Siskiyou County UC Cooperative Extension

By: Emma Morris, Editor-in-Chief of the Brock Center

senior agricultural communication major

This summer, I worked in my home county (Siskiyou, which borders Oregon) as a student assistant for the University of California Cooperative Extension (UCCE). The cooperative extension is a research-based program and collaboration between the University of California, the county of Siskiyou, and the USDA. Most states throughout the country have some form of local or county cooperative extension offices through land grand universities that conduct research on behalf of agriculturists in their area. These offices house farm and livestock advisors as well as 4-H programs. As per the cooperative extension’s website, their roles in the community include:

  • Bringing up-to-date research-based information on the agricultural commodities grown here in Siskiyou County to producers through the expertise of local UC professionals.
  • Working with youth to provide them with the knowledge and skills to become responsible, self-directed and productive people.
  • Providing information and outreach to the people of Siskiyou County in general interest areas that include gardening, pest control, and backyard animals.
  • Developing research-based solutions to local problems.

My office is home to the county livestock and natural resources advisor, the county 4-H specialist, and my direct boss, the county director and farm advisor. Each have specific roles, but there is also a large amount of collaboration on research and other projects. My boss, Mr. Steve Orloff, is an alfalfa specialist and is well known as one of the leading alfalfa researchers in the world. As this is one of the most widely grown crops in our area, he is able to effectively advise growers on how to maximize their yield efficiency and profitability. His expertise, combined with his grower relationships in the area, enable him to conduct research on many local farms and ranches (including my family’s ranch).

Throughout this summer, I worked mainly on four projects. The first was writing a literature review on alfalfa tissue sampling. I complied information from various plant journals and universities throughout the country and made a spreadsheet with the different requirements. This lit review added to an alfalfa tissue sampling research project that is being conducted by the UC.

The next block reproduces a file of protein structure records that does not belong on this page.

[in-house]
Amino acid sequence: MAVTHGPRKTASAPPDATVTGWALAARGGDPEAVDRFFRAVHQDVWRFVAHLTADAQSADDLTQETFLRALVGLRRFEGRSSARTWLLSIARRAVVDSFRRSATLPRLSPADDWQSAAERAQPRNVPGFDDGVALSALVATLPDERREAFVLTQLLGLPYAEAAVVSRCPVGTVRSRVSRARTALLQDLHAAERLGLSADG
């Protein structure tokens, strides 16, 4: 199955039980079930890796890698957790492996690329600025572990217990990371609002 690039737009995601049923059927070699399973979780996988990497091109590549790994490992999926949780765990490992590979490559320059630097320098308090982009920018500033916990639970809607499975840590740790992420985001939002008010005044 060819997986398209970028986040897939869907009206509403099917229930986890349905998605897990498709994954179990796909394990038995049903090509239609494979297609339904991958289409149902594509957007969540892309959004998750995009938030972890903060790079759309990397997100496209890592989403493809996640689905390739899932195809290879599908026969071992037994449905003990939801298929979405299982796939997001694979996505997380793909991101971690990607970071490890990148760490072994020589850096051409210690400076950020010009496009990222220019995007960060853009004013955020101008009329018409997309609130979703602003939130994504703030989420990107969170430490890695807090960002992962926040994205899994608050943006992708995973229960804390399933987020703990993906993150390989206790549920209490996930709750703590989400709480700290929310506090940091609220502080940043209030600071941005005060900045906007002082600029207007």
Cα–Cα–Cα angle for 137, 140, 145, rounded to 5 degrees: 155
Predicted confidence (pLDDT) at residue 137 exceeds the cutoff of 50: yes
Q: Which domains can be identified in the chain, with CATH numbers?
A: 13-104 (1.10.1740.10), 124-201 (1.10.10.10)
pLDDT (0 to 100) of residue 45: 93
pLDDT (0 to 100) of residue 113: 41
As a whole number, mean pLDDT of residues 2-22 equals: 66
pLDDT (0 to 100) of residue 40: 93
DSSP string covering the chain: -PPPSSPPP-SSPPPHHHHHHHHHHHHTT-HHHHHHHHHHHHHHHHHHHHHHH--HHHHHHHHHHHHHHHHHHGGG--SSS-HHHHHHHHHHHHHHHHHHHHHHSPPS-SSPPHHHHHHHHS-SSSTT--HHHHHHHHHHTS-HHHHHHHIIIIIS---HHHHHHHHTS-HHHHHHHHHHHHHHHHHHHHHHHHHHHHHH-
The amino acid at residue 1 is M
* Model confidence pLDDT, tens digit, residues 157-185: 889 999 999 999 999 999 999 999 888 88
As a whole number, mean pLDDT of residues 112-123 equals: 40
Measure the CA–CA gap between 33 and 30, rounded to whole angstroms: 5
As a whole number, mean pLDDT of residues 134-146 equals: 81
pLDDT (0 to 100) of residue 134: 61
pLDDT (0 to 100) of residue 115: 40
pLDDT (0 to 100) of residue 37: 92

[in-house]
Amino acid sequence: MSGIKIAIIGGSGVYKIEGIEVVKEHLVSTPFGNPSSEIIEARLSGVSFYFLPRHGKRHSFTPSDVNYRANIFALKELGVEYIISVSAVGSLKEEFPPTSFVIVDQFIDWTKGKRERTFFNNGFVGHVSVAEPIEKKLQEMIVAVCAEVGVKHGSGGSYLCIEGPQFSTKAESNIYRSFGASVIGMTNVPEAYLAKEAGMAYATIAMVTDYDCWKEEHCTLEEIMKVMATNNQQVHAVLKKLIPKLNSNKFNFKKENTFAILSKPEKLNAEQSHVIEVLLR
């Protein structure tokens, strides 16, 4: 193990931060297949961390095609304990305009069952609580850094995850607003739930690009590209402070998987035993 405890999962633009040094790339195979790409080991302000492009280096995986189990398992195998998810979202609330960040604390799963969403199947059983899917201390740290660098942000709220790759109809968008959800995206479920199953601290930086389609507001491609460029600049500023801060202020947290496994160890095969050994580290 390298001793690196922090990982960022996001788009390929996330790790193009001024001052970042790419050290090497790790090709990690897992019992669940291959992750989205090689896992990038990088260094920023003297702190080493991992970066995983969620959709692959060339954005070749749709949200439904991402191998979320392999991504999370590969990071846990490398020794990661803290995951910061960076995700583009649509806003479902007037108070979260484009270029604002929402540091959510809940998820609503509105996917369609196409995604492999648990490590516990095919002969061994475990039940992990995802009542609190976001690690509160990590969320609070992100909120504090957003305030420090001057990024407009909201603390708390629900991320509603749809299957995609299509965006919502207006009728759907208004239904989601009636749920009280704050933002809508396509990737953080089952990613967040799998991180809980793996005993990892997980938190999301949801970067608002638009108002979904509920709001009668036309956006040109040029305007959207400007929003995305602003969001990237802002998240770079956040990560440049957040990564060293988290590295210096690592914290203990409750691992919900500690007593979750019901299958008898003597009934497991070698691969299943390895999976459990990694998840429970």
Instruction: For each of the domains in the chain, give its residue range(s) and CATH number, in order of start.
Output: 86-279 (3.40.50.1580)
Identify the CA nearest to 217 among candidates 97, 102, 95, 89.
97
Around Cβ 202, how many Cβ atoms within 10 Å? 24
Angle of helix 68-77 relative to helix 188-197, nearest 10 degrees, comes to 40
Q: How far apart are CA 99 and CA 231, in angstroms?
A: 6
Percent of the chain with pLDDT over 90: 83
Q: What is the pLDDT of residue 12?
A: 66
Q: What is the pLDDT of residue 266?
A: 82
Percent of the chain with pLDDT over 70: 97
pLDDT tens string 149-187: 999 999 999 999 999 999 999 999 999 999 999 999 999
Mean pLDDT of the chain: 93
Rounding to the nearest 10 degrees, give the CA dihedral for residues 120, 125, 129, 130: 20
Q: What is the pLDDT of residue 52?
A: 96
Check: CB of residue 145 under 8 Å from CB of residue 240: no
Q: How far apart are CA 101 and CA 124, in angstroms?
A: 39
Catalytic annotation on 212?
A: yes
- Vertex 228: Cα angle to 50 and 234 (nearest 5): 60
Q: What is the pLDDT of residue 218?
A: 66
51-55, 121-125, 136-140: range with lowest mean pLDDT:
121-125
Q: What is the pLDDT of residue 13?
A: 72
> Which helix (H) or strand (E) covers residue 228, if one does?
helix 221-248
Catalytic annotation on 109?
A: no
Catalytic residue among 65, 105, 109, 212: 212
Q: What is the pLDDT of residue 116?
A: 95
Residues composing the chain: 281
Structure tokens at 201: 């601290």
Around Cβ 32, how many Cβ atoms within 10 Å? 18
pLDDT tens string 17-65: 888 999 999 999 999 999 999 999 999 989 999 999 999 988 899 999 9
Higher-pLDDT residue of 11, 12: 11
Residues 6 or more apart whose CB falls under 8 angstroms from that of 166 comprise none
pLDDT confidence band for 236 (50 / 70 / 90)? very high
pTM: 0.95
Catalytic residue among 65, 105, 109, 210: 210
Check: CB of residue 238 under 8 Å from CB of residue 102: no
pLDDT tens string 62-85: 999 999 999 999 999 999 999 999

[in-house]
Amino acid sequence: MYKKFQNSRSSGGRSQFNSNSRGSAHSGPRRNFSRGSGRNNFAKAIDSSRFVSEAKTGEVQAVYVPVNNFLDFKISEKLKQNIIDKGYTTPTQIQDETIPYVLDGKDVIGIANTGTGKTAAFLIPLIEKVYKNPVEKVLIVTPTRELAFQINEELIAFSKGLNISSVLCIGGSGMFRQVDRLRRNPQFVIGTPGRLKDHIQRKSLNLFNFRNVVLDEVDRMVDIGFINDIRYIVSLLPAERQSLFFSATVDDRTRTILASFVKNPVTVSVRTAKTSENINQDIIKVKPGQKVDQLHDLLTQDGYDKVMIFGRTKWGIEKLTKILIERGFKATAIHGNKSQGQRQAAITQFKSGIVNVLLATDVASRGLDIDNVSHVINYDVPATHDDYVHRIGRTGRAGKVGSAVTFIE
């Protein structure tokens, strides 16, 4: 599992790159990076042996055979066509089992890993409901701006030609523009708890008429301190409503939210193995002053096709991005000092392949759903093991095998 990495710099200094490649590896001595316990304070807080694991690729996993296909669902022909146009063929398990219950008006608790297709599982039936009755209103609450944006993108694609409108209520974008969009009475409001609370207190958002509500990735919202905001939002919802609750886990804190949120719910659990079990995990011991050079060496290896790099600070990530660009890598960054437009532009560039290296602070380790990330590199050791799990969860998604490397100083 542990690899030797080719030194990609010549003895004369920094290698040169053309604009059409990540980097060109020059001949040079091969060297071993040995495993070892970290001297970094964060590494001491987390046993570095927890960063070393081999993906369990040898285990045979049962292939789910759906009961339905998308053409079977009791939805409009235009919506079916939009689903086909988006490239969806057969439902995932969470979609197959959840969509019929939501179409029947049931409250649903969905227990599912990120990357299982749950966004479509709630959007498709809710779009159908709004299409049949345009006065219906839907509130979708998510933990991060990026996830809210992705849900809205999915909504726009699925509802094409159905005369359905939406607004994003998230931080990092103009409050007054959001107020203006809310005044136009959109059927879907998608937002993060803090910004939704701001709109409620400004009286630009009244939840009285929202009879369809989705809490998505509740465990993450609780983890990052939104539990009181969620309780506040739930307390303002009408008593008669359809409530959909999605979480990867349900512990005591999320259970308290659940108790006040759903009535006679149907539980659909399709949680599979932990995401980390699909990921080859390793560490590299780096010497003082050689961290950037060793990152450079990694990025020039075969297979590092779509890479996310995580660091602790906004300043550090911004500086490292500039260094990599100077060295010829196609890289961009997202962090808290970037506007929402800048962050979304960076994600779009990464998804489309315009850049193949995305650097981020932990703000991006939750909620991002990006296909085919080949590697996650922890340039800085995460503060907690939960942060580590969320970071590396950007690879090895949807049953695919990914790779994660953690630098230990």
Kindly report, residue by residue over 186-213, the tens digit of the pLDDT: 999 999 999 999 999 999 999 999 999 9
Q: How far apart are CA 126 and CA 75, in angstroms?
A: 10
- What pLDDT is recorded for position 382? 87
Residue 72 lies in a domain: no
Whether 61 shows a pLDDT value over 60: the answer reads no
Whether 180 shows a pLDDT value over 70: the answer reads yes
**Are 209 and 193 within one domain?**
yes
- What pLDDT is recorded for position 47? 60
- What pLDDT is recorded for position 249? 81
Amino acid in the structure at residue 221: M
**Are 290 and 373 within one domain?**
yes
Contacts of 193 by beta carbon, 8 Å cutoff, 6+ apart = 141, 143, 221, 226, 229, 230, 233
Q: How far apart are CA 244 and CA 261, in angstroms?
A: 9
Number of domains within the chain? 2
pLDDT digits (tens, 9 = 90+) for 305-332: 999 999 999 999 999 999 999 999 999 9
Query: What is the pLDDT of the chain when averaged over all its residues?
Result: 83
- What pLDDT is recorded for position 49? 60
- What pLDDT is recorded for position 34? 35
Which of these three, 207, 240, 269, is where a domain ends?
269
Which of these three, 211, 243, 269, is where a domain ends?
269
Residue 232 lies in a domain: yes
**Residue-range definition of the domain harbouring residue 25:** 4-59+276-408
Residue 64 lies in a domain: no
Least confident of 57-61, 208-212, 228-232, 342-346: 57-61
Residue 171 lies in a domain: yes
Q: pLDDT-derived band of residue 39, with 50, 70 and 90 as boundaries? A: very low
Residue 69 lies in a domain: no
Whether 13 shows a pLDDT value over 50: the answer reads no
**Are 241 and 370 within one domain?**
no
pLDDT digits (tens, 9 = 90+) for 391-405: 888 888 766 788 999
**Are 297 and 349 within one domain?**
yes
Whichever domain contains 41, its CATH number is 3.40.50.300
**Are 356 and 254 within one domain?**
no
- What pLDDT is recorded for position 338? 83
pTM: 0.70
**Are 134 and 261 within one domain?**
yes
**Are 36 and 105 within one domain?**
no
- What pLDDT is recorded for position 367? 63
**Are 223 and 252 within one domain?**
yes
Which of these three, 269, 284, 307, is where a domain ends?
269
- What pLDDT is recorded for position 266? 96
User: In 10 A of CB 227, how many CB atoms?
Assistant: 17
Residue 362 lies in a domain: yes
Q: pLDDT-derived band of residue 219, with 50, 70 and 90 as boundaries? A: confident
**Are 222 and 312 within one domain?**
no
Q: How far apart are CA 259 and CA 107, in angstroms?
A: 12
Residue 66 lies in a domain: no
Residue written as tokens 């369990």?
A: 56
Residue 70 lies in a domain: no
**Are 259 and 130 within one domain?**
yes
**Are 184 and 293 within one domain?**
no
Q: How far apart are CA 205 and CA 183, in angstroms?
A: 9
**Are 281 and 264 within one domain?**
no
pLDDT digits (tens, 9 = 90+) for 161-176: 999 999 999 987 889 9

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The next project was on is the efficacy of various thrips pesticides in onion production. Thrips are a small rasping insect that physically damage and lower yield on a number of crops. At the beginning of the summer, we set up a test plot with seven different treatments and a control. We did three spray treatments, but every week we counted the actual thrips on 10 onions per test plot. This meant counting miniscule bugs on over 300 onions per week.

Another project included working with Round-up Ready alfalfa. We did several trials to test for a bacterium which could potentially damage alfalfa in Round-up Ready stands. This project required us to set up plots and spray two different doses of Round-up to see which had a higher number of bacteria.

The final project I worked on is a deficit irrigation project on irrigated pastures throughout the county. We set up six enclosures (8×8 square fences to keep livestock out) at five different sites throughout the county and asked growers to shut irrigation off at different times to test soil moisture, as well as forage availability and quality for different amounts of irrigation. We also put in Watermark soil moisture sensors and computerized moisture sensors to gather data at our sites.

This summer was research-heavy, which is something I never thought I’d enjoy. But despite my qualms, it has been unbelievably fun and educational. I realized the importance of quality research and data in the agriculture industry, and subsequently the importance of cooperative extension programs. These programs are shriveling on a national level due to lack of funding, but they provide a huge service to farmers and ranchers. Though this was initially just an opportunity to make some money over summer, it’s turned into something I’ll be passionate about for the rest of my life.

About Brock Center for Agricultural Communication

The Brock Center for Agricultural Communication has aggressively pursued the following goals to heighten public awareness and understanding of agricultural issues: *Locate and attract prospective undergraduate students who demonstrate aptitude for communication and have an abiding concern for agriculture. *Assist the university's Colleges of Agriculture, Food and Environmental Sciences and Liberal Arts in preparing these students to be effective professional communicators, through learn-by-doing opportunities. *Serve as a resource and vehicle for the continuing education of those in a position to promote the understanding of agriculture. *Promote the professional development of university faculty through teaching, research and service to agriculture communication. *Develop and maintain a website as a resource of information on agricultural issues to serve students, faculty, media professionals, agriculturists and the public.
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